punishment is entailed, you will easily perceive when you read the text. 'I made
a covenant with mine eyes,' said Job, 'why then should I think upon a maid? For what
portion of God is there,' for that sin, 'from above, and what inheritance of the
Almighty from on high?' And then he answers himself: 'Is not destruction to the wicked,
and a strange punishment to the workers of iniquity?' This strange punishment is
the pox. Also, I think that this foul disease is that which Solomon intends when
he saith, speaking of this unclean and beastly creature, 'A wound and dishonour shall
he get, and his reproach shall not be wiped away' (Prov 6:33). A punishment Job calls
it; a wound and dishonour Solomon calls it; and they both do set it as a remark upon
this sin; Job calling it a 'strange punishment,' and Solomon a 'reproach that shall
not be wiped away,' from them that are common in it.
ATTEN. What other things follow upon the commission of this beastly sin?
WISE. Why, oftentimes it is attended with murder, with the murder of the babe begotten
on the defiled bed. How common it is for the bastard-getter and bastard-bearer to
consent together to murder their children, will be better known at the day of judgment,
yet something is manifest now.
I will tell you another story. An ancient man, one of mine acquaintance, a man of
good credit in our country, had a mother that was a midwife, who was mostly employed
in laying great persons. To this woman's house, upon a time, comes a brave young
gallant on horseback, to fetch her to lay a young lady. So she addresses herself
to go with him, wherefore he takes her up behind him, and away they ride in the night.
Now they had not rid far, but the gentleman lit of his horse, and, taking the old
midwife in his arms from the horse, turned round with her several times, and then
set her up again, then he got up and away they went till they came at a stately house,
into which he had her, and so into a chamber where the young lady was in her pains.
He then bid the midwife do her office, and she demanded help, but he drew out his
sword, and told her if she did not make speed to do her office without, she must
look for nothing but death. Well, to be short, this old midwife laid the young lady,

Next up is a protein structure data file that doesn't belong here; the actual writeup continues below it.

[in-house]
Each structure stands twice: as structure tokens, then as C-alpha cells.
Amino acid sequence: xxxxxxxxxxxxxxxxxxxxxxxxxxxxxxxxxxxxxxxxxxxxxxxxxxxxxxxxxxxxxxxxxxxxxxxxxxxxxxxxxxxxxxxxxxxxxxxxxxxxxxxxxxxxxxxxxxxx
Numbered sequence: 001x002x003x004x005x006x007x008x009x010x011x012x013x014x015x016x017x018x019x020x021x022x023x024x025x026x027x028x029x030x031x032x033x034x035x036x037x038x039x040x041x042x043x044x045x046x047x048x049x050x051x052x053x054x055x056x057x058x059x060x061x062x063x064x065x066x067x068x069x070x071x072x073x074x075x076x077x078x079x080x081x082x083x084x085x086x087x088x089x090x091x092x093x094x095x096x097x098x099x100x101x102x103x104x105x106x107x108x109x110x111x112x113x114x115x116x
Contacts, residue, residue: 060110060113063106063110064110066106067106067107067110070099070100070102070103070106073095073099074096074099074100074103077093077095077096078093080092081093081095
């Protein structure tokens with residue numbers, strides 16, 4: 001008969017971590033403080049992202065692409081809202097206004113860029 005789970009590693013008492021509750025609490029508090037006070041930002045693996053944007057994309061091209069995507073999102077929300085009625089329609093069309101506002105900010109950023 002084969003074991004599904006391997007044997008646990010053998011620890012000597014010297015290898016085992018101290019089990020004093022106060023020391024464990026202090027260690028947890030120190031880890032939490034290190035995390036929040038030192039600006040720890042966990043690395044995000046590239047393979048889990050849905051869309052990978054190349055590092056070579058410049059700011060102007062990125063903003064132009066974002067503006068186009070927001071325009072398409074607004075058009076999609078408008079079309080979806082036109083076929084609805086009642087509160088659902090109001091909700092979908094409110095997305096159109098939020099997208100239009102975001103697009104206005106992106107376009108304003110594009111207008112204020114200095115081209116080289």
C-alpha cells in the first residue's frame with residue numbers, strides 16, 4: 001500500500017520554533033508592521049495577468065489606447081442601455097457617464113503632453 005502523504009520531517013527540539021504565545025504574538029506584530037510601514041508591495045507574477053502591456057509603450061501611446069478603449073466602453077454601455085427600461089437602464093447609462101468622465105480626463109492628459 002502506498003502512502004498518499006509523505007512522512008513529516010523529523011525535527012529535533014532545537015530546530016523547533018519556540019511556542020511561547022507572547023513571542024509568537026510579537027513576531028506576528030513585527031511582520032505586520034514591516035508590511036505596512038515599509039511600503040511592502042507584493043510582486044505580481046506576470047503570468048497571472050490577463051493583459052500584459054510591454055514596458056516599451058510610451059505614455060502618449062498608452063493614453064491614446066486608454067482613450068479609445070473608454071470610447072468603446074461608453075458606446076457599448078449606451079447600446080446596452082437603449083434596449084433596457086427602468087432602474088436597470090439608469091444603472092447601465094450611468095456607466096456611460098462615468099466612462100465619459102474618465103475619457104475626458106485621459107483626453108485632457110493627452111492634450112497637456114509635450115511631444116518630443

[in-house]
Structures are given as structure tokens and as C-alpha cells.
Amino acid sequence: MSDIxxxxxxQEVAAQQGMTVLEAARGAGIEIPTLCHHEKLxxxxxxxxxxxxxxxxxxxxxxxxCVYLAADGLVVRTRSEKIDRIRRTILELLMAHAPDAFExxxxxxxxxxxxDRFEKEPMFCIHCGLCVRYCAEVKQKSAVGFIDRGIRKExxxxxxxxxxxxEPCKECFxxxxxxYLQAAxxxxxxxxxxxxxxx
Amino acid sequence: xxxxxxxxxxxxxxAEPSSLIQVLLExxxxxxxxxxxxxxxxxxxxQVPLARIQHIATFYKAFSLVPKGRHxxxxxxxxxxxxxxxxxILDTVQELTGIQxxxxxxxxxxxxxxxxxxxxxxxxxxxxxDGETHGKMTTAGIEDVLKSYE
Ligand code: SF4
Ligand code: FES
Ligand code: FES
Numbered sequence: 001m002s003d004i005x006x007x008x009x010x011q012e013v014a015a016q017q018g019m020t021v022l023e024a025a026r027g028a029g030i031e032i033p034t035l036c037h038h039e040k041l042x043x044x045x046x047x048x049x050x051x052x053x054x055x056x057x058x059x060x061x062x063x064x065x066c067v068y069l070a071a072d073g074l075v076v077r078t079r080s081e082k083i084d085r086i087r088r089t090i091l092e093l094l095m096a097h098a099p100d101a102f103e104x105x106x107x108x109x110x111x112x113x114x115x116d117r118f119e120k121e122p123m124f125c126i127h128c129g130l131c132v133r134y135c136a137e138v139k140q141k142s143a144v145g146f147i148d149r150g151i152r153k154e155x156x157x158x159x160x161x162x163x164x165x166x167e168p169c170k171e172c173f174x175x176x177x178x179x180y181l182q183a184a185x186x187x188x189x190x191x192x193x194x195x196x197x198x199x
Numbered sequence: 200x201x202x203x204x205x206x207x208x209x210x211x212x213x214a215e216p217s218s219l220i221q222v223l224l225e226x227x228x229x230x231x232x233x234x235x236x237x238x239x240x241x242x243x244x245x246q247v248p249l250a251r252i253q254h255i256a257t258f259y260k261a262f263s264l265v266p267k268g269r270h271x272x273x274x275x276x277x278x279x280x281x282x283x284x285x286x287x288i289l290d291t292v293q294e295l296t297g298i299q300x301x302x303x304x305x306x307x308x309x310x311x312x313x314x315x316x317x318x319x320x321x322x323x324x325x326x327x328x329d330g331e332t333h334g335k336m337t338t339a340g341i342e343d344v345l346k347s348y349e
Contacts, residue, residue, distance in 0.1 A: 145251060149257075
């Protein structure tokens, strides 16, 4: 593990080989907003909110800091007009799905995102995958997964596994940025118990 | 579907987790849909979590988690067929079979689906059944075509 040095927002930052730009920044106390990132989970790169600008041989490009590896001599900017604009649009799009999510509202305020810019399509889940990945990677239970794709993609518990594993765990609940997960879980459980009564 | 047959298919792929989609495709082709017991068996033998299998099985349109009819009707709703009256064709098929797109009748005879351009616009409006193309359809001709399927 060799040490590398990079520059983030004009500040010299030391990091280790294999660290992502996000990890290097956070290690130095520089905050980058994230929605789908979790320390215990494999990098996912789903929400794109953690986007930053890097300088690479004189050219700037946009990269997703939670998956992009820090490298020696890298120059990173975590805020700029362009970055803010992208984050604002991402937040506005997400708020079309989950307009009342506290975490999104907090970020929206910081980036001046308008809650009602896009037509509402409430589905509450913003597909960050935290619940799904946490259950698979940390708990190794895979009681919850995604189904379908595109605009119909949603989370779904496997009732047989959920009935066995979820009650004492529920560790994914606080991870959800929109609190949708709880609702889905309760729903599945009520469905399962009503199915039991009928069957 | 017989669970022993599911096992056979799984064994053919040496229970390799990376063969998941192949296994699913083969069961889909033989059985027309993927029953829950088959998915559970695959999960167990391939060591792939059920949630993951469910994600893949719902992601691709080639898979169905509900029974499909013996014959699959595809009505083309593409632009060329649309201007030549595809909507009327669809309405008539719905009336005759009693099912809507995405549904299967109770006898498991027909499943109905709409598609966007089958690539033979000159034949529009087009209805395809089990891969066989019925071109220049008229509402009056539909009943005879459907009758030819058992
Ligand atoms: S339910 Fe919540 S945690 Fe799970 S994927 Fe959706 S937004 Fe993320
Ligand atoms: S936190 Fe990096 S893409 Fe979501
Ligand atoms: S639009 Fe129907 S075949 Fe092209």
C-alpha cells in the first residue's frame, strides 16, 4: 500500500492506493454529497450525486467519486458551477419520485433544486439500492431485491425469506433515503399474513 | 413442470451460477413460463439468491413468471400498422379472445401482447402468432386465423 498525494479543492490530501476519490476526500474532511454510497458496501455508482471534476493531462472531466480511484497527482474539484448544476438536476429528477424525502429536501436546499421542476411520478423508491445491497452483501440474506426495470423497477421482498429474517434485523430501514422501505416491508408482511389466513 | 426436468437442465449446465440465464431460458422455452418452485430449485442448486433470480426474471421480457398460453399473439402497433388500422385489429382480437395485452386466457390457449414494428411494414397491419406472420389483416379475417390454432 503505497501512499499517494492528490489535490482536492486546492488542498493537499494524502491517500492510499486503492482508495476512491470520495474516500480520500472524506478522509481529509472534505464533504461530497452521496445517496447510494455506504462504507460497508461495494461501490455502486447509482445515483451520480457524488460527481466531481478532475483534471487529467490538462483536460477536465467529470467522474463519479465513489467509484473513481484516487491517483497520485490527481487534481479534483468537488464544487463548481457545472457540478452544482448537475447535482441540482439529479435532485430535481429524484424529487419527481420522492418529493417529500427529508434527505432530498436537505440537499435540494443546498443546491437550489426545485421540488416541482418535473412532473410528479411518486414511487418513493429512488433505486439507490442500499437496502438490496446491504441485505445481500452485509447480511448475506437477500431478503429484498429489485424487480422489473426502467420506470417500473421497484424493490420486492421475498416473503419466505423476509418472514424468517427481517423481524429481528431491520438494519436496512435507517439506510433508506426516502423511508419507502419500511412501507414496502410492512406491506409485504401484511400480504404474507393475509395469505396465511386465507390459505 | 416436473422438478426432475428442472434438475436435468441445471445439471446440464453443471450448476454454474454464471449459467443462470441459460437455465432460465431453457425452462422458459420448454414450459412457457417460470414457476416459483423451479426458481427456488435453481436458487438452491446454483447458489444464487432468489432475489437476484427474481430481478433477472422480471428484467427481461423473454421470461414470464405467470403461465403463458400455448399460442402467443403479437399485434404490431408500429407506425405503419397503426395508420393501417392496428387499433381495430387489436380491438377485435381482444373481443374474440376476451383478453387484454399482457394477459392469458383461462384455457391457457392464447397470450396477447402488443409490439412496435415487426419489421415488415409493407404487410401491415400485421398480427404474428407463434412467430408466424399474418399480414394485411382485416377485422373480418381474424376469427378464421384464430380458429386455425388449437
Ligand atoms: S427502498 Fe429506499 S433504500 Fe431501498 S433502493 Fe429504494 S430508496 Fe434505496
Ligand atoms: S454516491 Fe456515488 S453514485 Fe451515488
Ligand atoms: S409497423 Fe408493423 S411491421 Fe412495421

and a fine sweet babe she had. Now there was made in a room hard by a very great
fire; so the gentleman took up the babe, went and drew the coals from the stock,
cast the child in and covered it up, and there was an end of that. So when the midwife
had done her work he paid her well for her pains, but shut her up in a dark room
all day, and when night came took her up behind him again, and carried her away till
she came almost at home, then he turned her round and round as he did before, and
had her to her house, set her down, bid her farewell, and away he went, and she could
never tell who it was. This story the midwife's son, who was a minister, told me,
and also protested that his mother told it him for a truth.
ATTEN. Murder doth often follow indeed, as that which is the fruit of this sin. But
sometimes God brings even these adulterers and adulteresses to shameful ends. I heard
of one, I think a doctor of physic, and his whore, who had three or four bastards
betwixt them and had murdered them all, but at last themselves were hanged for it,
in or near to Colchester. It came out after this manner,–the whore was so afflicted
in her conscience about it that she could not be quiet until she had made it known.
Thus God many times makes the actors of wickedness their own accusers, and brings
them, by their own tongues, to condign punishment for their own sins.
WISE. There has been many such instances, but we will let that pass. I was once in
the presence of a woman, a married woman, that lay sick of the sickness whereof she
died, and being smitten in her conscience for the sin of uncleanness, which she had
often committed with other men, I heard her, as she lay upon her bed, cry out thus,
I am a whore, and all my children are bastards, and I must go to hell for my sin,
and look, there stands the devil at my bed's feet to receive my soul when I die.
ATTEN. These are sad stories, tell no more of them now, but if you please show me
yet some other of the evil effects of this beastly sin.